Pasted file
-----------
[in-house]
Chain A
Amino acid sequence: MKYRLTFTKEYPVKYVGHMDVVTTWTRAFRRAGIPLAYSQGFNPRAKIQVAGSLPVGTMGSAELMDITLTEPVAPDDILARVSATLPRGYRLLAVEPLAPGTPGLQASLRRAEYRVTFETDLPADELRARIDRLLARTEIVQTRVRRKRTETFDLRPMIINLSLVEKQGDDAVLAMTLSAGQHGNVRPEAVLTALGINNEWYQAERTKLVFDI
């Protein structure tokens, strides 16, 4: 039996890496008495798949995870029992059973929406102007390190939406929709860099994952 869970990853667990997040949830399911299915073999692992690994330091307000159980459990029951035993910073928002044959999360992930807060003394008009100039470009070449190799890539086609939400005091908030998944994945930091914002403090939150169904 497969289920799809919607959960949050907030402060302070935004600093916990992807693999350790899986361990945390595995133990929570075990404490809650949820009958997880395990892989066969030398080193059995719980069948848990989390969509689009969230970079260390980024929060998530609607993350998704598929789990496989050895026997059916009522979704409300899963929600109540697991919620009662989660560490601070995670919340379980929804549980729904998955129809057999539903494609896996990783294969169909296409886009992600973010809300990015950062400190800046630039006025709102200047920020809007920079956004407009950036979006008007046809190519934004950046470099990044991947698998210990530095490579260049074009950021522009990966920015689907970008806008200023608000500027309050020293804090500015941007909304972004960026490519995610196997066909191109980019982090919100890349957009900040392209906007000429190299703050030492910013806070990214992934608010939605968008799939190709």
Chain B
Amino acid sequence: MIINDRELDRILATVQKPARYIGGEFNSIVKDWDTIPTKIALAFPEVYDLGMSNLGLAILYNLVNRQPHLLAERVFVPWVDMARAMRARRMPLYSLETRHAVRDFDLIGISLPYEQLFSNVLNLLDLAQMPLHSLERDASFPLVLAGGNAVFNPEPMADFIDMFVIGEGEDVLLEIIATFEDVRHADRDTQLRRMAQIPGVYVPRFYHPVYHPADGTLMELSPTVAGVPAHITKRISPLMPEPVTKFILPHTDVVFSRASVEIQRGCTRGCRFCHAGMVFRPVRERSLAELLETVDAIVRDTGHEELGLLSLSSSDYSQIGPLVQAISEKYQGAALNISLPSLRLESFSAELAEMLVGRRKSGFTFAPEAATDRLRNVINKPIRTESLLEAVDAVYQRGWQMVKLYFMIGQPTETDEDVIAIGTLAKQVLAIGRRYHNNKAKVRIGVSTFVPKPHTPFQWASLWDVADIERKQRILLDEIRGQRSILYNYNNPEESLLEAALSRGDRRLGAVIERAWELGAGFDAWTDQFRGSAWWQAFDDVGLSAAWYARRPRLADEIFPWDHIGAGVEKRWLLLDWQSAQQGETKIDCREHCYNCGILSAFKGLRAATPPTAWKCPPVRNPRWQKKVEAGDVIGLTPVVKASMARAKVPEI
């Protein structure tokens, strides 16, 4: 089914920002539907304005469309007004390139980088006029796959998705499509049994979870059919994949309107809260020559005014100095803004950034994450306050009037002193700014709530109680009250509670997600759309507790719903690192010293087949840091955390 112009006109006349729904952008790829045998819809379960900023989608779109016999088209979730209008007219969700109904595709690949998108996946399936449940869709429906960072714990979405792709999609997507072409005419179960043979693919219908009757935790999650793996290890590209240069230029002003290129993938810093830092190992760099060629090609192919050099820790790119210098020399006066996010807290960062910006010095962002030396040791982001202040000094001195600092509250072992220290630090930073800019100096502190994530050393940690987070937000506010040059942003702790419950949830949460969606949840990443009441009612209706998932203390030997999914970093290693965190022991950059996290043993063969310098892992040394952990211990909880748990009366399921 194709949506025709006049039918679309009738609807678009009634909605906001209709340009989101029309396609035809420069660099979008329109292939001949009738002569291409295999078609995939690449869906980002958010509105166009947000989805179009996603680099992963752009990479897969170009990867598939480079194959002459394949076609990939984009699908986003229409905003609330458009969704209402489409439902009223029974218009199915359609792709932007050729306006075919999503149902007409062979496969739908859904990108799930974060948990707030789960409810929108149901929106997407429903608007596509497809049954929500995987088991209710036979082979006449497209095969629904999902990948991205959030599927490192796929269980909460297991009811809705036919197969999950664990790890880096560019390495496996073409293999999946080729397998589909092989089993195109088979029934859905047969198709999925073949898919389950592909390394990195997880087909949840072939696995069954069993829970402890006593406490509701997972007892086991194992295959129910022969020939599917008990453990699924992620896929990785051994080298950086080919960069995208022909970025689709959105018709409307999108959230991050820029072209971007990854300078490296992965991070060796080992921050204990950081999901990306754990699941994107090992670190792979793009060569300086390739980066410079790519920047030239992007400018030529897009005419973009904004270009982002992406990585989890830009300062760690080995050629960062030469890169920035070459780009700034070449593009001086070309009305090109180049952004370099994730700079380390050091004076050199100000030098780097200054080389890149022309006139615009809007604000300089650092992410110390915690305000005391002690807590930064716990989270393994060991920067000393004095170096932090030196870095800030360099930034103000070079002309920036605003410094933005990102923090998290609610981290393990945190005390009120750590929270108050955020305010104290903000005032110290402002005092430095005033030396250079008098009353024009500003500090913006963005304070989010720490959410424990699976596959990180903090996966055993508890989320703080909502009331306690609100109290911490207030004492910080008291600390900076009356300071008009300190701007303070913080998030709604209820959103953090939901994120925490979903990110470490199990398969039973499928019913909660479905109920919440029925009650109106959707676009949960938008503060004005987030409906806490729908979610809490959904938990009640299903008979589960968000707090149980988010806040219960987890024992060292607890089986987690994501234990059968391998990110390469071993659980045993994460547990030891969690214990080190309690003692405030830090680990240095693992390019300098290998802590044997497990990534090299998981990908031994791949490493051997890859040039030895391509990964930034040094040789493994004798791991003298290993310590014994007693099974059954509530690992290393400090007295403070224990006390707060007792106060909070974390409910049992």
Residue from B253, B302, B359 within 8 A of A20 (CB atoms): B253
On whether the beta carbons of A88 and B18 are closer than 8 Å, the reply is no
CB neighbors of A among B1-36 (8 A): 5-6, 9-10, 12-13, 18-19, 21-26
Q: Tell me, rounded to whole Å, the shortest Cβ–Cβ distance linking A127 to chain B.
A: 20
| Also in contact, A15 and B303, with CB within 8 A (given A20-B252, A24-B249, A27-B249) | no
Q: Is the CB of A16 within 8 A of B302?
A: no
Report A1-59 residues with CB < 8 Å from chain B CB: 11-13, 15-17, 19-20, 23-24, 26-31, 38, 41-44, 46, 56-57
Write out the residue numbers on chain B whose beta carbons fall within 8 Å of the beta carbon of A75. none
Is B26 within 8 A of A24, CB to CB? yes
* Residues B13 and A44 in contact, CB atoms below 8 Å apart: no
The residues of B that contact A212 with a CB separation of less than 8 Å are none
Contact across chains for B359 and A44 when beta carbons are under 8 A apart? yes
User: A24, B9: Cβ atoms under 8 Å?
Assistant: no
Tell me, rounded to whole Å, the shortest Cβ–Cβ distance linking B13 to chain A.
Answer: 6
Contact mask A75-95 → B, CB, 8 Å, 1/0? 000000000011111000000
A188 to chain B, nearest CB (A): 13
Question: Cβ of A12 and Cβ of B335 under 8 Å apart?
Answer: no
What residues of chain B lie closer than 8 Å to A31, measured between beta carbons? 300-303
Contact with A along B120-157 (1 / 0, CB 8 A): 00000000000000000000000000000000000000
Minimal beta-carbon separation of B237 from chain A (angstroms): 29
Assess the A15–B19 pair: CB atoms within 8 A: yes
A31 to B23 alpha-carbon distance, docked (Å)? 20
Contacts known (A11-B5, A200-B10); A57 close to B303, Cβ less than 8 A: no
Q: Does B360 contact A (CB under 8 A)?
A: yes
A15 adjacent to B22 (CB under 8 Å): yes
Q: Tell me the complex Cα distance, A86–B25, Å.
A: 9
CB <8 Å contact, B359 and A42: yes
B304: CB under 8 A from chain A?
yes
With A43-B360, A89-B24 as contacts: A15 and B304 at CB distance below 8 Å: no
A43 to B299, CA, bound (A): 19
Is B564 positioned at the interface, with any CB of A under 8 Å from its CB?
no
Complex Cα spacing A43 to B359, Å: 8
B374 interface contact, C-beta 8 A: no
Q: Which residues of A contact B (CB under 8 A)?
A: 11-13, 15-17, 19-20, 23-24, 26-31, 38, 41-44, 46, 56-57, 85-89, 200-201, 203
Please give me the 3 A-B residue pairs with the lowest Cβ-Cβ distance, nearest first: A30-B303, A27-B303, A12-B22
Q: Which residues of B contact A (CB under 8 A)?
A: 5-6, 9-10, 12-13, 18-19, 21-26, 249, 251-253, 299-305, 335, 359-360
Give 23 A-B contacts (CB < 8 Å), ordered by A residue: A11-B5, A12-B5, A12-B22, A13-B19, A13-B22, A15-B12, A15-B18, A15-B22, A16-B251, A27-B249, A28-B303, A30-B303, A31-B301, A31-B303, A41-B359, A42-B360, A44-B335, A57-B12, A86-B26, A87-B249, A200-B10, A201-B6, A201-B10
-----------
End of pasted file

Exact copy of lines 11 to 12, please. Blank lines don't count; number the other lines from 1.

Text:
Q: Tell me, rounded to whole Å, the shortest Cβ–Cβ distance linking A127 to chain B.
A: 20